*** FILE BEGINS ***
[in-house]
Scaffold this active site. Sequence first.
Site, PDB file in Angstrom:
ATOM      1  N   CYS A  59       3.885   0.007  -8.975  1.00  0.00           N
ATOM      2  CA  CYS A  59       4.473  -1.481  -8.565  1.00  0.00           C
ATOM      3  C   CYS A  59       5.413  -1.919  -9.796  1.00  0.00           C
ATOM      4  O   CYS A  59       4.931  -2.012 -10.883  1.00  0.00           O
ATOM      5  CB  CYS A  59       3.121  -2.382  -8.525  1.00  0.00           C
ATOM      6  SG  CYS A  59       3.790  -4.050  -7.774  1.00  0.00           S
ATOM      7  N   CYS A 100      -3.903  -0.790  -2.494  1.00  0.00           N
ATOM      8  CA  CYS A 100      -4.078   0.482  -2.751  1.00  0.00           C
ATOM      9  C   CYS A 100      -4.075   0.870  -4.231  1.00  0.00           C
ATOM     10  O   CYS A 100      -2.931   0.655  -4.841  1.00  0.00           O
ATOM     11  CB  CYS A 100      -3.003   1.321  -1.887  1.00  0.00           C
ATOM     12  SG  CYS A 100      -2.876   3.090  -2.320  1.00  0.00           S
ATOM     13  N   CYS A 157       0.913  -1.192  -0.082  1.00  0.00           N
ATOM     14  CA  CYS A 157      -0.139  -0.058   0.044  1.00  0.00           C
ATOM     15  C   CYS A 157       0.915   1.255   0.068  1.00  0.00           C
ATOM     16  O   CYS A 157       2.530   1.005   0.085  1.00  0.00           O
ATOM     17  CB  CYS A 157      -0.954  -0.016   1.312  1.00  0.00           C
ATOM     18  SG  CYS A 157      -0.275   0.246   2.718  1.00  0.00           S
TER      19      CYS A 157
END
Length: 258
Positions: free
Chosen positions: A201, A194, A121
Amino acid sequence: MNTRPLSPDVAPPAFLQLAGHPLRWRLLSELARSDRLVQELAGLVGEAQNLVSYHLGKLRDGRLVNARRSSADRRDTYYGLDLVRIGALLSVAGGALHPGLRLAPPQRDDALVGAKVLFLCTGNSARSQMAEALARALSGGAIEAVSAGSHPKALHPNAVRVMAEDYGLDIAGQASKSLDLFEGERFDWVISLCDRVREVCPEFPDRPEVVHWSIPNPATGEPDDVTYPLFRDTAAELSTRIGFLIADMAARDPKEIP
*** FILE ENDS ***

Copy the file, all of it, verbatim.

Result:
[in-house]
Scaffold this active site. Sequence first.
Site, PDB file in Angstrom:
ATOM      1  N   CYS A  59       3.885   0.007  -8.975  1.00  0.00           N
ATOM      2  CA  CYS A  59       4.473  -1.481  -8.565  1.00  0.00           C
ATOM      3  C   CYS A  59       5.413  -1.919  -9.796  1.00  0.00           C
ATOM      4  O   CYS A  59       4.931  -2.012 -10.883  1.00  0.00           O
ATOM      5  CB  CYS A  59       3.121  -2.382  -8.525  1.00  0.00           C
ATOM      6  SG  CYS A  59       3.790  -4.050  -7.774  1.00  0.00           S
ATOM      7  N   CYS A 100      -3.903  -0.790  -2.494  1.00  0.00           N
ATOM      8  CA  CYS A 100      -4.078   0.482  -2.751  1.00  0.00           C
ATOM      9  C   CYS A 100      -4.075   0.870  -4.231  1.00  0.00           C
ATOM     10  O   CYS A 100      -2.931   0.655  -4.841  1.00  0.00           O
ATOM     11  CB  CYS A 100      -3.003   1.321  -1.887  1.00  0.00           C
ATOM     12  SG  CYS A 100      -2.876   3.090  -2.320  1.00  0.00           S
ATOM     13  N   CYS A 157       0.913  -1.192  -0.082  1.00  0.00           N
ATOM     14  CA  CYS A 157      -0.139  -0.058   0.044  1.00  0.00           C
ATOM     15  C   CYS A 157       0.915   1.255   0.068  1.00  0.00           C
ATOM     16  O   CYS A 157       2.530   1.005   0.085  1.00  0.00           O
ATOM     17  CB  CYS A 157      -0.954  -0.016   1.312  1.00  0.00           C
ATOM     18  SG  CYS A 157      -0.275   0.246   2.718  1.00  0.00           S
TER      19      CYS A 157
END
Length: 258
Positions: free
Chosen positions: A201, A194, A121
Amino acid sequence: MNTRPLSPDVAPPAFLQLAGHPLRWRLLSELARSDRLVQELAGLVGEAQNLVSYHLGKLRDGRLVNARRSSADRRDTYYGLDLVRIGALLSVAGGALHPGLRLAPPQRDDALVGAKVLFLCTGNSARSQMAEALARALSGGAIEAVSAGSHPKALHPNAVRVMAEDYGLDIAGQASKSLDLFEGERFDWVISLCDRVREVCPEFPDRPEVVHWSIPNPATGEPDDVTYPLFRDTAAELSTRIGFLIADMAARDPKEIP